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README.md

Rails Sample App on OpenShift

This is a quickstart Rails application for OpenShift v3 that you can use as a starting point to develop your own application and deploy it on an OpenShift cluster.

If you'd like to install it, follow these directions.

The steps in this document assume that you have access to an OpenShift deployment that you can deploy applications on.

OpenShift Considerations

These are some special considerations you may need to keep in mind when running your application on OpenShift.

Assets

Your application is set to precompile the assets every time you push to OpenShift. Any assets you commit to your repo will be preserved alongside those which are generated during the build.

By adding the DISABLE_ASSET_COMPILATION=true environment variable value to your BuildConfig, you will disable asset compilation upon application deployment. See the Basic Build Operations documentation on setting environment variables for builds in OpenShift V3.

Security

Since these quickstarts are shared code, we had to take special consideration to ensure that security related configuration variables are unique across applications. To accomplish this, we modified some of the configuration files. Now instead of using the same default values, OpenShift can generate these values using the generate from logic defined within the template.

OpenShift stores these generated values in configuration files that only exist for your deployed application and not in your code anywhere. Each of them will be unique so initialize_secret(:a) will differ from initialize_secret(:b) but they will also be consistent, so any time your application uses them (even across reboots), you know they will be the same.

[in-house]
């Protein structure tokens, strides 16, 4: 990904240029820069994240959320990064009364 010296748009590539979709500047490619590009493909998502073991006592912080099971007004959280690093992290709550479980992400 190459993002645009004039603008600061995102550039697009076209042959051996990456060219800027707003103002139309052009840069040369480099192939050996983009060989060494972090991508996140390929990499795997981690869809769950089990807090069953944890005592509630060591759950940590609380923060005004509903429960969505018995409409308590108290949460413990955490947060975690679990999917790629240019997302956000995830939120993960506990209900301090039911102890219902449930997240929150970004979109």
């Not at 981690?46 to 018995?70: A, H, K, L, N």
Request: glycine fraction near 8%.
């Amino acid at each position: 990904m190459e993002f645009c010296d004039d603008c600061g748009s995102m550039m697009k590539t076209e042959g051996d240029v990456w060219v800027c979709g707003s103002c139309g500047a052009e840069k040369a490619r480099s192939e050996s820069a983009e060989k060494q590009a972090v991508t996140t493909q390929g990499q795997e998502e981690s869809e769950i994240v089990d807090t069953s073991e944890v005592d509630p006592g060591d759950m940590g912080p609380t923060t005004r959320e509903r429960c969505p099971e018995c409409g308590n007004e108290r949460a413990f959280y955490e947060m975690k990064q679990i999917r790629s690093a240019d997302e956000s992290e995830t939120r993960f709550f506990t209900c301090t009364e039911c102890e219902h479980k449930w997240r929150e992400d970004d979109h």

TLDR: OpenShift can generate and expose environment variables to your application automatically. Look at this quickstart for an example.

Development mode

When you develop your Rails application in OpenShift, you can also enable the 'development' environment by setting the RAILS_ENV environment variable for your deploymentConfiguration, using the oc client, like:

	$ oc env dc/rails-postgresql-example RAILS_ENV=development

If you do so, OpenShift will run your application under 'development' mode. In development mode, your application will:

  • Show more detailed errors in the browser
  • Skip static assets (re)compilation

Development environment can help you debug problems in your application in the same way as you do when developing on your local machine. However, we strongly advise you to not run your application in this mode in production.

Installation

These steps assume your OpenShift deployment has the default set of ImageStreams defined. Instructions for installing the default ImageStreams are available here. If you are defining the set of ImageStreams now, remember to pass in the proper cluster-admin credentials and to create the ImageStreams in the 'openshift' namespace.

  1. Fork a copy of rails-ex

  2. Clone your repository to your development machine and cd to the repository directory

  3. Add a Ruby application from the rails template:

     $ oc new-app openshift/templates/rails-postgresql.json -p SOURCE_REPOSITORY_URL=https://github.com/< yourusername >/rails-ex 
    
  4. Depending on the state of your system, and whether additional items need to be downloaded, it may take around a minute for your build to be started automatically. If you do not want to wait, run

     $ oc start-build rails-postgresql-example
    
  5. Once the build is running, watch your build progress

     $ oc logs build/rails-postgresql-example-1